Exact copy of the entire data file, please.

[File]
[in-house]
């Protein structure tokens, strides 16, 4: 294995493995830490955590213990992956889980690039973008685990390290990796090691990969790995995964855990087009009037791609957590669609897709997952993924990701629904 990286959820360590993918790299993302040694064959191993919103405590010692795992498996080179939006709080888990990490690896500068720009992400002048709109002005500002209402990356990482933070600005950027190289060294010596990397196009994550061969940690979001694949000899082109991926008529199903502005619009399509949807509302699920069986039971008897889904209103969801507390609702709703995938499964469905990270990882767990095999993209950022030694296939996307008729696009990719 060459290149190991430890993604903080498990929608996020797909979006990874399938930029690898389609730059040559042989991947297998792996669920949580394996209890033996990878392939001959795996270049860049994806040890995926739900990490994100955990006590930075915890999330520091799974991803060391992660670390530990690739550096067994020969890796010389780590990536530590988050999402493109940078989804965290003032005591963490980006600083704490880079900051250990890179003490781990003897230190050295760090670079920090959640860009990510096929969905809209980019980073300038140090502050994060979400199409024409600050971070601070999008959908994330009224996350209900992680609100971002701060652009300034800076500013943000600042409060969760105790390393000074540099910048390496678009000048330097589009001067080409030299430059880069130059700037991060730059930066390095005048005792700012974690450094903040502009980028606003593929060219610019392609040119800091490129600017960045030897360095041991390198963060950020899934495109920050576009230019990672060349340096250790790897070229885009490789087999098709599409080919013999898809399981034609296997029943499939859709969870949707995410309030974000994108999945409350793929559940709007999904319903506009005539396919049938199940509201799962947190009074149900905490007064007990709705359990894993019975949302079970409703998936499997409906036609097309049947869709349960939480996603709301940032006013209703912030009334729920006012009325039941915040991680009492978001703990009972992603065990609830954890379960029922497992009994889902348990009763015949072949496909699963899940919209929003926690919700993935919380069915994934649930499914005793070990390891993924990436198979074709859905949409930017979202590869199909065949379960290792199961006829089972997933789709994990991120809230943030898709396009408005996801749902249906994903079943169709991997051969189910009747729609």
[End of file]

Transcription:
[in-house]
């Protein structure tokens, strides 16, 4: 294995493995830490955590213990992956889980690039973008685990390290990796090691990969790995995964855990087009009037791609957590669609897709997952993924990701629904 990286959820360590993918790299993302040694064959191993919103405590010692795992498996080179939006709080888990990490690896500068720009992400002048709109002005500002209402990356990482933070600005950027190289060294010596990397196009994550061969940690979001694949000899082109991926008529199903502005619009399509949807509302699920069986039971008897889904209103969801507390609702709703995938499964469905990270990882767990095999993209950022030694296939996307008729696009990719 060459290149190991430890993604903080498990929608996020797909979006990874399938930029690898389609730059040559042989991947297998792996669920949580394996209890033996990878392939001959795996270049860049994806040890995926739900990490994100955990006590930075915890999330520091799974991803060391992660670390530990690739550096067994020969890796010389780590990536530590988050999402493109940078989804965290003032005591963490980006600083704490880079900051250990890179003490781990003897230190050295760090670079920090959640860009990510096929969905809209980019980073300038140090502050994060979400199409024409600050971070601070999008959908994330009224996350209900992680609100971002701060652009300034800076500013943000600042409060969760105790390393000074540099910048390496678009000048330097589009001067080409030299430059880069130059700037991060730059930066390095005048005792700012974690450094903040502009980028606003593929060219610019392609040119800091490129600017960045030897360095041991390198963060950020899934495109920050576009230019990672060349340096250790790897070229885009490789087999098709599409080919013999898809399981034609296997029943499939859709969870949707995410309030974000994108999945409350793929559940709007999904319903506009005539396919049938199940509201799962947190009074149900905490007064007990709705359990894993019975949302079970409703998936499997409906036609097309049947869709349960939480996603709301940032006013209703912030009334729920006012009325039941915040991680009492978001703990009972992603065990609830954890379960029922497992009994889902348990009763015949072949496909699963899940919209929003926690919700993935919380069915994934649930499914005793070990390891993924990436198979074709859905949409930017979202590869199909065949379960290792199961006829089972997933789709994990991120809230943030898709396009408005996801749902249906994903079943169709991997051969189910009747729609």